Over 1,200 tanks were allocated to the offensive, but due to serious shortages only three days' ammunition and fuel were immediately available.[1]

Red Army

The offensive

Not all of the German units, which had to be reinforced across the bridges at Stettin, were ready on the planned start date of February 15. Nevertheless a part of the central corps, the SS Division Nordland, attacked towards Arnswalde that day.[2] Initially the offensive was successful; the opposing forces of 61st Army were taken by surprise, and the German spearhead reached the besieged outpost of Arnswalde and relieved its garrison.[2]

A general attack opened the following day.[2] Again, there was some initial success with further penetrations[2] by the flanking German corps, while the central corridor to Arnswalde was widened. A large number of Soviet tanks were destroyed at long range by German King Tigers. German progress soon slowed, however, thanks to strong Soviet resistance[2] and to a thaw, creating muddy conditions in which the superheavy German tanks performed poorly (Soviet T-34s, on the other hand, had excellent mobility even in those conditions).

On February 17, General Wenck, commander of the offensive, was seriously injured in a car accident; being driven back from a briefing in Berlin, he took the wheel from his driver (who had been on duty for 48 hours) and then himself fell asleep at the wheel.[2] He was replaced by Hans Krebs, but command initiative had already been lost.[2][6] Later that day Zhukov threw the 3rd Shock Army into a counter-attack; the German offensive stalled.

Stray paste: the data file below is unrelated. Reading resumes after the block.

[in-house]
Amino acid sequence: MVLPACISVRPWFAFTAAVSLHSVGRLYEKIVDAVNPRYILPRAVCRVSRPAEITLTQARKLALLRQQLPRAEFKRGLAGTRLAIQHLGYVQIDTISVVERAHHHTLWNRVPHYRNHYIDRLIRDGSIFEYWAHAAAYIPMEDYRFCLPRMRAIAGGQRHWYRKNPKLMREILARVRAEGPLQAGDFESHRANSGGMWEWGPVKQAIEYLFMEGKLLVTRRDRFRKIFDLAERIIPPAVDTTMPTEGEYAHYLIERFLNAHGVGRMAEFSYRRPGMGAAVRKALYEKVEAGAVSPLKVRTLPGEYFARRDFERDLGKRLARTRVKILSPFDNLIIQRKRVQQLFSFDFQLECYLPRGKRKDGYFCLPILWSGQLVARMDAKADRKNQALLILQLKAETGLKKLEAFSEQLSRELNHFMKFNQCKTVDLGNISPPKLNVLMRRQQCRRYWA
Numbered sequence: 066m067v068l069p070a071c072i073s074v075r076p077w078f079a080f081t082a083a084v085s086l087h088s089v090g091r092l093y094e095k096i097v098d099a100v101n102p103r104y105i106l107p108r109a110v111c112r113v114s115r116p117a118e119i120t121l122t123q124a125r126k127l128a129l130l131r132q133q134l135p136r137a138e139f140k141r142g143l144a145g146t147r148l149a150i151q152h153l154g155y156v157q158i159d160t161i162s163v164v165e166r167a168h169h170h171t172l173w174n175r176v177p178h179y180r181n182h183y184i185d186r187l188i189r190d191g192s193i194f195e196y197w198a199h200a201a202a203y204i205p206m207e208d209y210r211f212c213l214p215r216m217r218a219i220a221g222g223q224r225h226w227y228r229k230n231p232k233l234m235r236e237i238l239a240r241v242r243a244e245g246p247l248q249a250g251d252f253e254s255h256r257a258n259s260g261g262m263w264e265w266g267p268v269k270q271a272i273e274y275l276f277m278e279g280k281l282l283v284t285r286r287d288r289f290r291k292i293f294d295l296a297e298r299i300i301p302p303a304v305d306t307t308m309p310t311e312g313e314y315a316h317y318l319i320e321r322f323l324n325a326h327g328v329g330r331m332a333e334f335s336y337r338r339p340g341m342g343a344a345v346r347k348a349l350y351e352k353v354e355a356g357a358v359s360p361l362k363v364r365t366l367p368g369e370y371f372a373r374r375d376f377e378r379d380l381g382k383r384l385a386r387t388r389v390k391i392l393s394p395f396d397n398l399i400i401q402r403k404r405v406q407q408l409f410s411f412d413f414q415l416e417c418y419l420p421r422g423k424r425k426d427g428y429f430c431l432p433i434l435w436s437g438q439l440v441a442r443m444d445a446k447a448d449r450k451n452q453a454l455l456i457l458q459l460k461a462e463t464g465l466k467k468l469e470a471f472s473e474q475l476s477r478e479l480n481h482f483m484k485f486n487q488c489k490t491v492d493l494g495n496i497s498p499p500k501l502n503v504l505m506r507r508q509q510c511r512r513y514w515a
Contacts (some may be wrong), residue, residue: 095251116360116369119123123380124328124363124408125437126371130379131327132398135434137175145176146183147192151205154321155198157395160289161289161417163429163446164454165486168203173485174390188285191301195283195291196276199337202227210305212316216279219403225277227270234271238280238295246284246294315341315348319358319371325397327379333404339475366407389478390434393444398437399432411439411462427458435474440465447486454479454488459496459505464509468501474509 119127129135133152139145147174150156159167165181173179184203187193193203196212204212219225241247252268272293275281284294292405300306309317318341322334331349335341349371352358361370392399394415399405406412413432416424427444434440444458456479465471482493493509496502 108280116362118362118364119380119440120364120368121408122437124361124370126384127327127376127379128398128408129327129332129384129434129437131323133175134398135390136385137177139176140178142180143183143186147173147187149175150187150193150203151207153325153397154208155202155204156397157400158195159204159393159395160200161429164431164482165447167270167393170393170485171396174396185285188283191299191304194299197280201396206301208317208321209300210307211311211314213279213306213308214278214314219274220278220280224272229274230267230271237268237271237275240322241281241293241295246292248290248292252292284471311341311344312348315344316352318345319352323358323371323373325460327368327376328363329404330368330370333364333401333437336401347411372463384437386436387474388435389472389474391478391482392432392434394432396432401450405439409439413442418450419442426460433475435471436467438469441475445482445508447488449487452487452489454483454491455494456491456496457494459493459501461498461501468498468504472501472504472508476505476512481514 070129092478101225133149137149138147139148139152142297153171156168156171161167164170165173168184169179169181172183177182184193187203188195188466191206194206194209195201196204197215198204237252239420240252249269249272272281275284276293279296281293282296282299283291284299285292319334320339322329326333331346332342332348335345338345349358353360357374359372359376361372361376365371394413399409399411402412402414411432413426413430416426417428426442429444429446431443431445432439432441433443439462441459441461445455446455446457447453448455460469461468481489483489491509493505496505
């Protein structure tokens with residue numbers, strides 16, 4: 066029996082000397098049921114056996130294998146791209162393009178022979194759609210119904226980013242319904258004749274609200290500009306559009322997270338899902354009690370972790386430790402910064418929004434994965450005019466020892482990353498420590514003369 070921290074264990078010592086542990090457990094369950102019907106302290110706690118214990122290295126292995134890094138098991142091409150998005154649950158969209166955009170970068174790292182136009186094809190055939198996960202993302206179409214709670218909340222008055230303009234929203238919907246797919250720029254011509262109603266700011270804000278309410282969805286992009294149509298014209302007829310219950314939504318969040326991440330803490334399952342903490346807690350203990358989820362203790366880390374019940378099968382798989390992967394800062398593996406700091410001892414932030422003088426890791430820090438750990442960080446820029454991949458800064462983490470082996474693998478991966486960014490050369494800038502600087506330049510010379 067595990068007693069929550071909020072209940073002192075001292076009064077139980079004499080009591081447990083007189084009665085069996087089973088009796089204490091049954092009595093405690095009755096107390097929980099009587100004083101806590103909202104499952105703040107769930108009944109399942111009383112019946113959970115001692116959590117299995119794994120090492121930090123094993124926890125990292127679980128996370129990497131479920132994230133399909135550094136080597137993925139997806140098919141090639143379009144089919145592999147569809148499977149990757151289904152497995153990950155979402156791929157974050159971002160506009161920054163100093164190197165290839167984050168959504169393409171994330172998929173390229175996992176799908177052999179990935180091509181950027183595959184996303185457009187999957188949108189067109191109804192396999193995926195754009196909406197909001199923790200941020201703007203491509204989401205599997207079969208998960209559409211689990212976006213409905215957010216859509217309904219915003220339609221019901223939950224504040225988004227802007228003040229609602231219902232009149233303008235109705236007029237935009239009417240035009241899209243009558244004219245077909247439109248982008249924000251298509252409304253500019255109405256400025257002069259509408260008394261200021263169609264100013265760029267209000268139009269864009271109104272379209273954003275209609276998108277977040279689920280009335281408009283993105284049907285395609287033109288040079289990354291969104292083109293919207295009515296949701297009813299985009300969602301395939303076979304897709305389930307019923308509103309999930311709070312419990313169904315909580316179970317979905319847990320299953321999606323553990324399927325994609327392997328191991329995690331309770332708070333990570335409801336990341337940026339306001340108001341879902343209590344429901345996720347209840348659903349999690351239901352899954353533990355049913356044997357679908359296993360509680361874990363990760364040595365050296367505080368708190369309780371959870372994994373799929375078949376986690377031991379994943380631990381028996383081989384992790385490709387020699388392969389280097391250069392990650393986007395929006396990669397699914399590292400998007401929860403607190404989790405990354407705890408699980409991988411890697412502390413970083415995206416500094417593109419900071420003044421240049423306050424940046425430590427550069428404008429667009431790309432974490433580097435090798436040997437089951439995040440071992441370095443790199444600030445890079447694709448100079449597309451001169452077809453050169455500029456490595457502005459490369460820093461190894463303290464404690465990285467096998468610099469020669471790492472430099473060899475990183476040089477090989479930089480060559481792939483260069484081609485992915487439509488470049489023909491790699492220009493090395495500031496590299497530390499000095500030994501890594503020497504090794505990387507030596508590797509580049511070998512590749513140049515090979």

Army Group Vistula halted Sonnenwende on February 18.[2] On February 19, Zhukov initiated a counter-offensive aimed at the capture of Stettin using the 61st and the 2nd Guards Tank Armies as well as the 7th Guards Cavalry Corps, which however stalled in the heavy street fighting during the re-capture of Arnswalde.[7] There was no immediate German withdrawal, but Zhukov's commitment of the 70th Army into an attack on February 23 spurred a retreat, the German forces losing or abandoning many tanks.

Outcome

Despite the initial gains, the operation was, in tactical terms, a complete failure. German forces failed to penetrate towards Kustrin and suffered major losses of heavy equipment in the subsequent retreat. However, the operation convinced Zhukov and Joseph Stalin that the northern flank of the Soviet advance on Berlin was vulnerable, and therefore postponed the latter by some two months while Pomerania was cleared in the East Pomeranian Offensive.

See also

References

  • Beevor, Antony. Berlin: The Downfall 1945, Penguin Books, 2002, ISBN 0-670-88695-5
  • Duffy, Christopher. Red Storm on the Reich: The Soviet March on Germany, 1945, Routledge, 1991, ISBN 0-415-22829-8
  • Tony Le Tissier, Zhukov at the Oder: the decisive battle for Berlin, Greenwood Publishing Group, 1996, p. 101, ISBN 0275952304

Footnotes

  1. ^ a b c Beevor, p.91
  2. ^ a b c d e f g h i j k l m n o p q r s t u v w x y z aa ab ac ad Le Tissier, p.101
  3. ^ Beevor, p.89
  4. ^ Duffy, p.181-82
  5. ^ Duffy, p.183
  6. ^ Duffy, p.185
  7. ^ Le Tissier, p.102








Got something to say? Make a comment.
Your name
Your email address
Message